Open Access Research article

Relationships among neurocognition, symptoms and functioning in patients with schizophrenia: a path-analytic approach for associations at baseline and following 24 weeks of antipsychotic drug therapy

Ilya A Lipkovich1*, Walter Deberdt2, John G Csernansky3, Bernard Sabbe4, Richard SE Keefe5 and Sara Kollack-Walker6

Author Affiliations

1 Lilly Research Laboratories, Eli Lilly and Company, Lilly Corporate Center, Indianapolis, USA

2 Eli Lilly Benelux, Eli Lilly and Company, Brussels, Belgium

3 Department of Psychiatry and Behavioral Sciences, Northwestern University Feinberg School of Medicine, Chicago, USA

4 CAPRI (Collaborative Antwerp Psychiatric Research Institute), Department of Psychiatry, University of Antwerp, Antwerp B-2610, Antwerpen, Belgium

5 Department of Psychiatry and Behavioral Sciences, Duke University Medical Center, Durham, USA

6 Lilly Research Laboratories, Eli Lilly and Company, Lilly Corporate Center, Indianapolis, USA

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BMC Psychiatry 2009, 9:44  doi:10.1186/1471-244X-9-44

Published: 14 July 2009



Neurocognitive impairment and psychiatric symptoms have been associated with deficits in psychosocial and occupational functioning in patients with schizophrenia. This post-hoc analysis evaluates the relationships among cognition, psychopathology, and psychosocial functioning in patients with schizophrenia at baseline and following sustained treatment with antipsychotic drugs.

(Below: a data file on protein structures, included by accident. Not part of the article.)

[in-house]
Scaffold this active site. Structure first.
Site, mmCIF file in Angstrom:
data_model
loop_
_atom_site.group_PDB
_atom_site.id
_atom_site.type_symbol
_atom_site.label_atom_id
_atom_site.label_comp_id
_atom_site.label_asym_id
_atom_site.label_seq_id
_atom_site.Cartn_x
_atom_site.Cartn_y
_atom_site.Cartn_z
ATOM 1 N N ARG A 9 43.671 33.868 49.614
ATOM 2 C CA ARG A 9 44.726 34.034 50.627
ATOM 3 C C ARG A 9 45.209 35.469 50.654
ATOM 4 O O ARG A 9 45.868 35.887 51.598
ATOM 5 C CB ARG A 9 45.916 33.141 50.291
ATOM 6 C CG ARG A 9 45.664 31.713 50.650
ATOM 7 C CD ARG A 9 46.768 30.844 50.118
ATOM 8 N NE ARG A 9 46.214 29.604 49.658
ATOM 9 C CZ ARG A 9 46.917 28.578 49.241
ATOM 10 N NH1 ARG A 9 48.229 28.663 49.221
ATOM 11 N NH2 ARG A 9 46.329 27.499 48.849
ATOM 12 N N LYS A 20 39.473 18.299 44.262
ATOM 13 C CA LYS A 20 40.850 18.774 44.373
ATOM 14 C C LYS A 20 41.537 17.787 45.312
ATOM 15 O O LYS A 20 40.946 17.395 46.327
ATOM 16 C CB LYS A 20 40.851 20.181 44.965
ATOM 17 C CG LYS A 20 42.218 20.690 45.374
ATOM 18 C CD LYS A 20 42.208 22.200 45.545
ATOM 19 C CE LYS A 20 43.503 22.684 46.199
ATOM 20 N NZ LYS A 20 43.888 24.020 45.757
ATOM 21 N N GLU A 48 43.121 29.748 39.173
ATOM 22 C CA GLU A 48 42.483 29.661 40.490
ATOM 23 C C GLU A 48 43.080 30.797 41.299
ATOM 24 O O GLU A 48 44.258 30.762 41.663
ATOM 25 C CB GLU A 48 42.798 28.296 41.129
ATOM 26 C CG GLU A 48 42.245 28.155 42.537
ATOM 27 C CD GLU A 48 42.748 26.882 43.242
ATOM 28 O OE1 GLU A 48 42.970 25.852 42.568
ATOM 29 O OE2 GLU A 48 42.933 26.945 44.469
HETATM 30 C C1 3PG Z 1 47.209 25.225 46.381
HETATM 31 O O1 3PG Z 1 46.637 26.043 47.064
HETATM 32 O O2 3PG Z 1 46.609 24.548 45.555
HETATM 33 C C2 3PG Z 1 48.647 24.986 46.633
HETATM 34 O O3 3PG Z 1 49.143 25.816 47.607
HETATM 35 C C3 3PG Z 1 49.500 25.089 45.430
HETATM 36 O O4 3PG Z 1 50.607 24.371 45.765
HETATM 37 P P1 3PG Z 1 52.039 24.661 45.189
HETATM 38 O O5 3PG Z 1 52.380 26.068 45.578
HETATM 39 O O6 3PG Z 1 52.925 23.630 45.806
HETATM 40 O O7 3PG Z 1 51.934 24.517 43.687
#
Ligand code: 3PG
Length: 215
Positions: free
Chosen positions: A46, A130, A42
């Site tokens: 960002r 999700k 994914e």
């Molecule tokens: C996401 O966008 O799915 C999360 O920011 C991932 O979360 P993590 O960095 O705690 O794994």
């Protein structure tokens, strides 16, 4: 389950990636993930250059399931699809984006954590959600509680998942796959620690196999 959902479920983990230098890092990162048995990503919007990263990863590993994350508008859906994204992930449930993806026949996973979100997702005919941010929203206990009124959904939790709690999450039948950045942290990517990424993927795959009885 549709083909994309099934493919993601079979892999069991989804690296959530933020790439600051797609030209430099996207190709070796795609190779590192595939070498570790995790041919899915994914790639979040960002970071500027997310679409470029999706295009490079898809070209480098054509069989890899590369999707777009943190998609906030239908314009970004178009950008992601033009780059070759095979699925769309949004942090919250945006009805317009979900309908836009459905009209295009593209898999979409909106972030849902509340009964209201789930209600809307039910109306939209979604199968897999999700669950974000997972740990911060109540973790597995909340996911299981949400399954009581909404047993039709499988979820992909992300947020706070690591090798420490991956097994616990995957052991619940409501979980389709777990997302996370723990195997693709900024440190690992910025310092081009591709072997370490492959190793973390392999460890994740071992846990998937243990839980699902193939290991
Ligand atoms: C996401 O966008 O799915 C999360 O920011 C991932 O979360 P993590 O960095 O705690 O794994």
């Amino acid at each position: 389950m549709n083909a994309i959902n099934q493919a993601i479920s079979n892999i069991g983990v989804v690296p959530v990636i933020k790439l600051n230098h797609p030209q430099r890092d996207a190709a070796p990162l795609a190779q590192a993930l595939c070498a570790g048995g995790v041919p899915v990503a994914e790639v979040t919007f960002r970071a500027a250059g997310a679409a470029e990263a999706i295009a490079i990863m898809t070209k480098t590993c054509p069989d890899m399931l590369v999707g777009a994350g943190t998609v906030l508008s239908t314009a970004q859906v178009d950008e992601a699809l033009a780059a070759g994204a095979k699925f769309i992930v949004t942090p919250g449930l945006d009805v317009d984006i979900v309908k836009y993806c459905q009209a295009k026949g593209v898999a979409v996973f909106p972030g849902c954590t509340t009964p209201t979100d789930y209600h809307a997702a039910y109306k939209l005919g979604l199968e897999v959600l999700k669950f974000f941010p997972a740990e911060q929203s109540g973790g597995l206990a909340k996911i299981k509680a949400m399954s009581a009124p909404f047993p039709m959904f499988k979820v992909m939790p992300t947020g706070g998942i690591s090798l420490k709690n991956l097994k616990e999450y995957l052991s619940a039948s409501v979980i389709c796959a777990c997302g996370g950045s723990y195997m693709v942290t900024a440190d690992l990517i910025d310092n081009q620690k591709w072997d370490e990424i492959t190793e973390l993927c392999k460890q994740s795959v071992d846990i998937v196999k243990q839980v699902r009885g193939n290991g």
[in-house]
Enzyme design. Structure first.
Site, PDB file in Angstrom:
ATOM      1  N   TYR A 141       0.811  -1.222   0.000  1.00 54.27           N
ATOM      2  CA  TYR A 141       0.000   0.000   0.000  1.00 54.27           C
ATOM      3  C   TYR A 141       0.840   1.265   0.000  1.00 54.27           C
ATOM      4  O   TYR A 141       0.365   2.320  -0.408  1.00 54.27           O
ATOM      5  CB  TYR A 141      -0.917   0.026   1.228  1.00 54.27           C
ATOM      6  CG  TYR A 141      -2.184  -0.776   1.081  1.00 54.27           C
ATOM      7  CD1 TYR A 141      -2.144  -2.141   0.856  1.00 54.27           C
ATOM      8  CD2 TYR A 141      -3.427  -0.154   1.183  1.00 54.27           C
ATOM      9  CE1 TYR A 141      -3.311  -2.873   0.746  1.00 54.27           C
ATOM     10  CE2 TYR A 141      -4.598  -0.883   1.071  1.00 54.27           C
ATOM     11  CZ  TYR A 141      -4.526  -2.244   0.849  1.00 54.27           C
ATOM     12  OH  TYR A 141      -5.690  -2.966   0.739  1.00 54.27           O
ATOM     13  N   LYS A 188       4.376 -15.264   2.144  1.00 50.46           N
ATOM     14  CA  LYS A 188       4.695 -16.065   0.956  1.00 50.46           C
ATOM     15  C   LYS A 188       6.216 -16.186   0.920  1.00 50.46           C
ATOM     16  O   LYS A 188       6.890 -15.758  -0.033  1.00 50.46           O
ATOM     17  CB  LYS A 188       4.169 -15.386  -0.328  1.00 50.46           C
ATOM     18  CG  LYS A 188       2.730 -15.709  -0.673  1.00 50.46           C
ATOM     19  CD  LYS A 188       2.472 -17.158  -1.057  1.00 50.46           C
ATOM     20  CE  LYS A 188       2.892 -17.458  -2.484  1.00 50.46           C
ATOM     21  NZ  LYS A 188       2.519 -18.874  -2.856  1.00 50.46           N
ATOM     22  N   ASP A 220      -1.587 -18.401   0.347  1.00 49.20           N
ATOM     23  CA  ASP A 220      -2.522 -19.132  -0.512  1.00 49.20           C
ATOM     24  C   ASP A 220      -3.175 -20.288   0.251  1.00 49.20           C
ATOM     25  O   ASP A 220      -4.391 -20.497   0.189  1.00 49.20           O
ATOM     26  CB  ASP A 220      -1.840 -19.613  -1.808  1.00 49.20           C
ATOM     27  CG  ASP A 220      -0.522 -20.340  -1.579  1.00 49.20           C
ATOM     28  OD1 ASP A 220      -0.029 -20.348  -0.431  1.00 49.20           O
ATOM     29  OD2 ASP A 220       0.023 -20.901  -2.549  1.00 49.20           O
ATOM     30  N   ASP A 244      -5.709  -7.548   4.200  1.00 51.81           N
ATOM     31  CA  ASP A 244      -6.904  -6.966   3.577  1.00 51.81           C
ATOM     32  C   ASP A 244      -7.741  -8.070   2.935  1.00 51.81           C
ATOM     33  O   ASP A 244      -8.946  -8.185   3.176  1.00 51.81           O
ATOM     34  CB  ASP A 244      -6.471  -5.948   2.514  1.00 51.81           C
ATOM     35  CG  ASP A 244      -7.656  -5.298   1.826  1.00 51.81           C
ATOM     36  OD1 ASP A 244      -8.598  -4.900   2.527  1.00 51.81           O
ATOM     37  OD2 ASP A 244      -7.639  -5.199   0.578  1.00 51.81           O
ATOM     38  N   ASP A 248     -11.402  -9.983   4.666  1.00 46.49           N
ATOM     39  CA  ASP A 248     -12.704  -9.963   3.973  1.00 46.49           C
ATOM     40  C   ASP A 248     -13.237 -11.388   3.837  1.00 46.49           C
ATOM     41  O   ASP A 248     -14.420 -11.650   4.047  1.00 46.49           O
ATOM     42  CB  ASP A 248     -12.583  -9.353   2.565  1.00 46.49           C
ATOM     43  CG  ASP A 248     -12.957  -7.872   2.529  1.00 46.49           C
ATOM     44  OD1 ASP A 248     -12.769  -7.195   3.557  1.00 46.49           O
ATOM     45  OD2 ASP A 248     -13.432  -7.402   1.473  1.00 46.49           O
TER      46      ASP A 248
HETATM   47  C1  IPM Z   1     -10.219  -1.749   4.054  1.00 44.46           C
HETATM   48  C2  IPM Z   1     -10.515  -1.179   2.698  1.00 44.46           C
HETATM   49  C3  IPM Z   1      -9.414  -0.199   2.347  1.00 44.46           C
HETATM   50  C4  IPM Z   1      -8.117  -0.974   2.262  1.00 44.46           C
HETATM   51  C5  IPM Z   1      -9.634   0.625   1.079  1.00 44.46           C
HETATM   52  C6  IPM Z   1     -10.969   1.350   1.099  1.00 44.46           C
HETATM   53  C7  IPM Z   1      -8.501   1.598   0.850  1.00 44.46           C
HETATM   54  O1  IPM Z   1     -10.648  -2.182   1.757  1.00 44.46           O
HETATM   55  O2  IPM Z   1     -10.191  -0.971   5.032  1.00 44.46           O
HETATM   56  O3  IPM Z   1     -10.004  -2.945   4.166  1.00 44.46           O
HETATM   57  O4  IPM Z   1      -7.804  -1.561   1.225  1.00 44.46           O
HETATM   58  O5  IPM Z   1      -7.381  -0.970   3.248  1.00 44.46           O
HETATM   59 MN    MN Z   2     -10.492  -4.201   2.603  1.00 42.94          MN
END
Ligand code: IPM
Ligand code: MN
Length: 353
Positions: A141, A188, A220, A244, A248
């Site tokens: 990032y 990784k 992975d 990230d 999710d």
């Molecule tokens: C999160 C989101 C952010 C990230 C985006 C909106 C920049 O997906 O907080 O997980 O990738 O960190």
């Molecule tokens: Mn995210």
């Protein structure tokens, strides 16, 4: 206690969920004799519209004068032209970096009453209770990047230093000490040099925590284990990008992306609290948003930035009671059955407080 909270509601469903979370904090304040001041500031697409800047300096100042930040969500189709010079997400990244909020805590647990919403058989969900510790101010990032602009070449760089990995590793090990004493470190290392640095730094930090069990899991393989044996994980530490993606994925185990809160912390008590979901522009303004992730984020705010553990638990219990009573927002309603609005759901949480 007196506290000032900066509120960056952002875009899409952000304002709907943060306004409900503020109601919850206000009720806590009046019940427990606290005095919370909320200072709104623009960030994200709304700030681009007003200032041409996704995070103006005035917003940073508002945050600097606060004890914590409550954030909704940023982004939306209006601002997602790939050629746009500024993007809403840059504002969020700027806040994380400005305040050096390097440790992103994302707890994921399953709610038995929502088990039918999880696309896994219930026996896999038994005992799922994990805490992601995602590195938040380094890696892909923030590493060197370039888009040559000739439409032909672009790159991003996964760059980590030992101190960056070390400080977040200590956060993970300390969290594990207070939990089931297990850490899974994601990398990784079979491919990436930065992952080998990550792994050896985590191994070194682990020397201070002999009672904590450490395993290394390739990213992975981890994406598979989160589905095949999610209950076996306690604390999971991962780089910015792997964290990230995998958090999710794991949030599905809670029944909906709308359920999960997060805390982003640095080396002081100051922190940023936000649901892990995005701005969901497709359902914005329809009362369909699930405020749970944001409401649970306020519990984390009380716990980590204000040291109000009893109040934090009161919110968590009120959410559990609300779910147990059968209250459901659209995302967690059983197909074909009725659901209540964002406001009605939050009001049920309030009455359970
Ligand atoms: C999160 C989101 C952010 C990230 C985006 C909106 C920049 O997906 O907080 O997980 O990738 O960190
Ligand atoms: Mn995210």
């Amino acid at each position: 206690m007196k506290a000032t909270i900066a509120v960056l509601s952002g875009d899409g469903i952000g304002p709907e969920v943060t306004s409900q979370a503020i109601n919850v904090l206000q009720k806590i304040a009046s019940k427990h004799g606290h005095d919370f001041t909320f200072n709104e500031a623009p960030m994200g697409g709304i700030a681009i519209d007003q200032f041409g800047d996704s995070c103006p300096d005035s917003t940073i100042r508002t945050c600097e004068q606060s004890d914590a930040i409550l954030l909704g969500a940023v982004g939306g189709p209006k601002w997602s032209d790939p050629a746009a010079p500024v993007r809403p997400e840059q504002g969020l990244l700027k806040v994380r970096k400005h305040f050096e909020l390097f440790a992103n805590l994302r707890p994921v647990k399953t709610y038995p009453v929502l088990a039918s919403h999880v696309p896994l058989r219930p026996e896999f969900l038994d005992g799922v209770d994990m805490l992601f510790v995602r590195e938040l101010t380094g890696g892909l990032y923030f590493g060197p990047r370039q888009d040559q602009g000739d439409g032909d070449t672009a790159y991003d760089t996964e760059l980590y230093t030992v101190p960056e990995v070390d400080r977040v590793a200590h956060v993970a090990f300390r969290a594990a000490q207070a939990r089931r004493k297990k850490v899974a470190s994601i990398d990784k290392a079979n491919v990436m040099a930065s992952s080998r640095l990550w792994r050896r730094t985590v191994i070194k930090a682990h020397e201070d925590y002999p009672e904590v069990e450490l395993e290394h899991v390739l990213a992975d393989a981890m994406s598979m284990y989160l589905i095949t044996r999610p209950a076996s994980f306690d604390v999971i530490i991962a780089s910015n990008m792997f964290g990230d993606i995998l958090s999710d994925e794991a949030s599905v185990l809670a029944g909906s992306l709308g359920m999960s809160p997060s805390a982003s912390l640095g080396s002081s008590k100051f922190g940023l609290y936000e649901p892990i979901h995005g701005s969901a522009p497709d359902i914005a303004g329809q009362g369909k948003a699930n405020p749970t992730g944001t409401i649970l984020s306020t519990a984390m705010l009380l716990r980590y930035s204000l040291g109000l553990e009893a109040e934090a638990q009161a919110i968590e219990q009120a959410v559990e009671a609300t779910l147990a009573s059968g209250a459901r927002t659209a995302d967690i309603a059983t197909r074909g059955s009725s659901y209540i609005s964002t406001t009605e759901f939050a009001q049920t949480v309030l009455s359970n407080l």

Data were obtained from a clinical trial assessing the cognitive effects of selected antipsychotic drugs in patients with schizophrenia. Patients were randomly assigned to 24 weeks of treatment with olanzapine (n = 159), risperidone (n = 158), or haloperidol (n = 97). Psychosocial functioning was assessed with the Heinrichs-Carpenter Quality of Life Scale [QLS], cognition with a standard battery of neurocognitive tests; and psychiatric symptoms with the Positive and Negative Syndrome Scale [PANSS]. A path-analytic approach was used to evaluate the effects of changes in cognitive functioning on subdomains of quality of life, and to determine whether such effects were direct or mediated via changes in psychiatric symptoms.


At baseline, processing speed affected functioning mainly indirectly via negative symptoms. Positive symptoms also affected functioning at baseline although independent of cognition. At 24 weeks, changes in processing speed affected changes in functioning both directly and indirectly via PANSS negative subscale scores. Positive symptoms no longer contributed to the path-analytic models. Although a consistent relationship was observed between processing speed and the 3 functional domains, variation existed as to whether the paths were direct and/or indirect. Working memory and verbal memory did not significantly contribute to any of the path-analytic models studied.


Processing speed demonstrated direct and indirect effects via negative symptoms on three domains of functioning as measured by the QLS at baseline and following 24 weeks of antipsychotic treatment.